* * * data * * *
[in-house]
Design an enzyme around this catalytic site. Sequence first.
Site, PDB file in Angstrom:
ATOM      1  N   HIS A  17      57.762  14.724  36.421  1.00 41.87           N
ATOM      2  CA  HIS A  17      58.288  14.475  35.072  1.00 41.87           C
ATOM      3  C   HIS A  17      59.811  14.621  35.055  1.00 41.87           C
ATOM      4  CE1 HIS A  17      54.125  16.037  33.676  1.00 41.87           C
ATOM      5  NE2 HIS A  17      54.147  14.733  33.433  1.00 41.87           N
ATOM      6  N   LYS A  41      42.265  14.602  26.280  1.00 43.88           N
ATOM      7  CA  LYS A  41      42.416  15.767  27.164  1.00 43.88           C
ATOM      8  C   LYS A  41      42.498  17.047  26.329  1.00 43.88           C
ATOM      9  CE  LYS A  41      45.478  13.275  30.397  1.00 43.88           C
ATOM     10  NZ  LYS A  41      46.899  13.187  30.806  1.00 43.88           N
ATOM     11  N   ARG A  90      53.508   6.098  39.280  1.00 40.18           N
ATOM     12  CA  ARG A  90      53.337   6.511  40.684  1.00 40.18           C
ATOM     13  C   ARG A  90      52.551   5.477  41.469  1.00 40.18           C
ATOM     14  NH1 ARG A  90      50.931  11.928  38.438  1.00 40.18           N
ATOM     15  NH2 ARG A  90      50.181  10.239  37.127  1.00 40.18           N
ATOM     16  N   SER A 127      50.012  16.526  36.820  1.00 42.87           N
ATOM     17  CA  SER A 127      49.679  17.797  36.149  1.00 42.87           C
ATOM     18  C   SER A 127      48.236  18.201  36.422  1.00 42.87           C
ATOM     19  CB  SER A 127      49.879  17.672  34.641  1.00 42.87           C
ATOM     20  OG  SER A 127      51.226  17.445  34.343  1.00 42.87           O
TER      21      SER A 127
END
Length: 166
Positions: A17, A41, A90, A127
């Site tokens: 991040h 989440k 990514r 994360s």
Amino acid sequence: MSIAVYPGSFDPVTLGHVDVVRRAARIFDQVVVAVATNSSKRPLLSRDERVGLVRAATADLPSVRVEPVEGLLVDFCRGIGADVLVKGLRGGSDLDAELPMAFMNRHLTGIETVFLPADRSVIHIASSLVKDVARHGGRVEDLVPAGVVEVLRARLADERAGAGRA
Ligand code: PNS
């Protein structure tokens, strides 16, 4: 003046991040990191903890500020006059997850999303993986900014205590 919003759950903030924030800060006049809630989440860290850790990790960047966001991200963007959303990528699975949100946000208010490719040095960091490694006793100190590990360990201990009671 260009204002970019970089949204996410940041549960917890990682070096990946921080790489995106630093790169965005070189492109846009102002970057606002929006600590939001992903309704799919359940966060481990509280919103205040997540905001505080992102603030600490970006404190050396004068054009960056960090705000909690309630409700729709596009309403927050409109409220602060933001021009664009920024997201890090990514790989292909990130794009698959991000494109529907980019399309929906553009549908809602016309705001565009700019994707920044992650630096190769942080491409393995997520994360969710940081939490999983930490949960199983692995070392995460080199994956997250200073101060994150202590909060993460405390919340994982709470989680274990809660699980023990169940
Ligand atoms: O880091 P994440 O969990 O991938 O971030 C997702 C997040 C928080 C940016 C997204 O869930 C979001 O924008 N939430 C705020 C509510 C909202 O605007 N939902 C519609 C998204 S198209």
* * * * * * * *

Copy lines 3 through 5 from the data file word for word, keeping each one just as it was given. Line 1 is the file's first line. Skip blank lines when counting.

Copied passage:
Site, PDB file in Angstrom:
ATOM      1  N   HIS A  17      57.762  14.724  36.421  1.00 41.87           N
ATOM      2  CA  HIS A  17      58.288  14.475  35.072  1.00 41.87           C